How do people learn about CAPE? And who are these people?
People get to know CAPE largely via word of mouth and through references on social media sites such as microblog services, because CAPE is a non-profit endeavour run by a group of volunteers with no budget for advertising. Young Chinese people overseas accounted for most of the site visits at the beginning, but now half of CAPE fans live inside China, and they are much more diverse in terms of where they live and what kind of social background they come from. For instance, among the 26 people who attended a recent CAPE meeting in Zhoushan , Zhejiang , there were five students, two social workers and a 55-year-old civil servant, as well as aspiring young entrepreneurs. Many young people I've met are anxious about their futures and are often confused about what direction they will follow in their lives and careers, and I think that's why they come to CAPE.
What are those people looking for when they come to CAPE meetings?
What has made our gatherings different is that we have a particular theme for each one, so each participant comes with a purpose, such as to discuss a business plan or to brainstorm a particular issue with which they are concerned. Our meetings are not meant to be fun social gatherings. They are for like-minded people seeking inspiration.
What have you learned from your involvement in CAPE?
I started with CAPE with the main goal being to help myself, but I am pleased to see that it has helped others take a deeper look at their lives, both as individuals and as members of a community, through the spirit of sharing. It's like wanting to emerge from the dark by yourself, but ending up lighting a candle for many others. I took two university entrance exams in back-to-back years in order to get into a good university, but I ended up settling for a vocational college far less prestigious than Peking or Tsinghua universities. I used to be so bothered by that, but I feel empowered when I consider that CAPE has offered people like me the chance to break through barriers that the traditional Chinese school system places in front of us. Our network has emboldened people with greater faith in themselves and gives them a heightened sense of equality, because someone in an isolated part of China can share ideas with people in a far-off developed country.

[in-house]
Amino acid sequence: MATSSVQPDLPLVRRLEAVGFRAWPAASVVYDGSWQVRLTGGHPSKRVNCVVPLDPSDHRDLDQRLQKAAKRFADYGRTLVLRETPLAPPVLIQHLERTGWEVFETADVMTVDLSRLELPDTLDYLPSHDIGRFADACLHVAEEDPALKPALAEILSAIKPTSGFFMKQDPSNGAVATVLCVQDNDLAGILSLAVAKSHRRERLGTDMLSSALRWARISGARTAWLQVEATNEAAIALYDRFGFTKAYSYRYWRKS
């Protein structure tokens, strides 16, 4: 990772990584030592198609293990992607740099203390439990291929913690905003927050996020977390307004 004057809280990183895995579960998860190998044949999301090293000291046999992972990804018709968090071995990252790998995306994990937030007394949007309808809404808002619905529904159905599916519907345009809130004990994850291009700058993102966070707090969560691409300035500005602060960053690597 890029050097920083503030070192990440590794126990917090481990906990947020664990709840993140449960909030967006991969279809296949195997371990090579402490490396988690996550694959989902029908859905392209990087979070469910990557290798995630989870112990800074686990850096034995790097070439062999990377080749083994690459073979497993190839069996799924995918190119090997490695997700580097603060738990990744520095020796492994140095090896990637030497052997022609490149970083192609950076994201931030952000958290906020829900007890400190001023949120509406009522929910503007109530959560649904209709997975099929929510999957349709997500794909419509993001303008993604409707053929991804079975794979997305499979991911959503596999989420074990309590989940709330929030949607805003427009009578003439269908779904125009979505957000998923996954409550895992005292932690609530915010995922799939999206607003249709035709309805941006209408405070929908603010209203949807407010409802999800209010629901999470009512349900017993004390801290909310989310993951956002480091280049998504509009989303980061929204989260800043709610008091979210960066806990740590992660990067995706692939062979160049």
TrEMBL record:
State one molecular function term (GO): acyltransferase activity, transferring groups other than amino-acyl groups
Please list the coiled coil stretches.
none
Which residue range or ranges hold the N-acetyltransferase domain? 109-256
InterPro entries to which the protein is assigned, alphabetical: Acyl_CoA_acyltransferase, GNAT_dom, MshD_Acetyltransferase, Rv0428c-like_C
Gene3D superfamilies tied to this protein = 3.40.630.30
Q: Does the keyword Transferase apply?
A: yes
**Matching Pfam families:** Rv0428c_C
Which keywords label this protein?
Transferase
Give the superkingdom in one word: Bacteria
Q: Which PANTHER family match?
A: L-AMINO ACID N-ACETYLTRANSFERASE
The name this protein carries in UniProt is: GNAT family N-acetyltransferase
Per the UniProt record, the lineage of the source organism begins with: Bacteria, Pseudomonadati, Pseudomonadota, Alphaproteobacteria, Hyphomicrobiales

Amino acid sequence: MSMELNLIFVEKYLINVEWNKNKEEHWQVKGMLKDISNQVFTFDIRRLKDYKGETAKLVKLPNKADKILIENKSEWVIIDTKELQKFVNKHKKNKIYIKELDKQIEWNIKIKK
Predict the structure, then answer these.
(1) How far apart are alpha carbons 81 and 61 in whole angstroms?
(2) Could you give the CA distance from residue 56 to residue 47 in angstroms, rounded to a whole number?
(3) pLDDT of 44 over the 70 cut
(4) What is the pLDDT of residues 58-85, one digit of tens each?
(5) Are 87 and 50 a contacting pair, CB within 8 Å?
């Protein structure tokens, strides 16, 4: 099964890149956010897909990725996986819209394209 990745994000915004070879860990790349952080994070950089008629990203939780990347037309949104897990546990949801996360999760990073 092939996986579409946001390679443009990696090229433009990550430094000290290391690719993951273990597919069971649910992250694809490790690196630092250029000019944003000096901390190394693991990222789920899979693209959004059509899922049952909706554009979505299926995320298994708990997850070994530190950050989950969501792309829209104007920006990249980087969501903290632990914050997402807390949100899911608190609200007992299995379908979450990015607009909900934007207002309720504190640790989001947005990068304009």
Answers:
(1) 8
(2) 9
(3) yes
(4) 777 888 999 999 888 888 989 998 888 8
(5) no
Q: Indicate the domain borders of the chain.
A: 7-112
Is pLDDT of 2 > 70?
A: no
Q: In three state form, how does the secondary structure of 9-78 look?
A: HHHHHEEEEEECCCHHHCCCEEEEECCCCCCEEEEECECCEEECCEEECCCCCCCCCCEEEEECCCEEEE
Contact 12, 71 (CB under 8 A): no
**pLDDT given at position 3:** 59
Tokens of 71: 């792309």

Do you have any plans for the future?
As all of us at CAPE work on a voluntary basis, we need to move things forward one step at a time. Actually, I need to cover most of the expenses for running the site myself, not to mention the time I dedicate to network maintenance and CAPE meetings. But I'm more than happy to do all that, because that's what I love to do. However, if possible I hope we can get more resources to build up our team and to make it more professional, in order to provide a better service in the future.
Chen Lu spoke to Raymond Li